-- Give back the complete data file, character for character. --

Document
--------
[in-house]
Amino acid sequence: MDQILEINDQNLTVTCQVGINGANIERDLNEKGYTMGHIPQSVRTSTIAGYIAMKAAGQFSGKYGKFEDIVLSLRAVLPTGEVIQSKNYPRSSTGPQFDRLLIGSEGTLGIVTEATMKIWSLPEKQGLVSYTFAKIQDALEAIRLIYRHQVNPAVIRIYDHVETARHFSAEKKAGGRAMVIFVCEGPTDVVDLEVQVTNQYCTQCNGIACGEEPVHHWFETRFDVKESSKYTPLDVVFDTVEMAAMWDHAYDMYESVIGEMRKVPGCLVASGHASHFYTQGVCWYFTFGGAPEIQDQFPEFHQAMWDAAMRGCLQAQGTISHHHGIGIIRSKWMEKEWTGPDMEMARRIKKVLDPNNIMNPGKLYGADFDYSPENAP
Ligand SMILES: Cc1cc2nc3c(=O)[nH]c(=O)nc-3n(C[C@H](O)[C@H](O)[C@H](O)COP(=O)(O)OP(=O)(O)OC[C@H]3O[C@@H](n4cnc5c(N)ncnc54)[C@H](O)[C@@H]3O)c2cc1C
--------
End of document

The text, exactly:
[in-house]
Amino acid sequence: MDQILEINDQNLTVTCQVGINGANIERDLNEKGYTMGHIPQSVRTSTIAGYIAMKAAGQFSGKYGKFEDIVLSLRAVLPTGEVIQSKNYPRSSTGPQFDRLLIGSEGTLGIVTEATMKIWSLPEKQGLVSYTFAKIQDALEAIRLIYRHQVNPAVIRIYDHVETARHFSAEKKAGGRAMVIFVCEGPTDVVDLEVQVTNQYCTQCNGIACGEEPVHHWFETRFDVKESSKYTPLDVVFDTVEMAAMWDHAYDMYESVIGEMRKVPGCLVASGHASHFYTQGVCWYFTFGGAPEIQDQFPEFHQAMWDAAMRGCLQAQGTISHHHGIGIIRSKWMEKEWTGPDMEMARRIKKVLDPNNIMNPGKLYGADFDYSPENAP
Ligand SMILES: Cc1cc2nc3c(=O)[nH]c(=O)nc-3n(C[C@H](O)[C@H](O)[C@H](O)COP(=O)(O)OP(=O)(O)OC[C@H]3O[C@@H](n4cnc5c(N)ncnc54)[C@H](O)[C@@H]3O)c2cc1C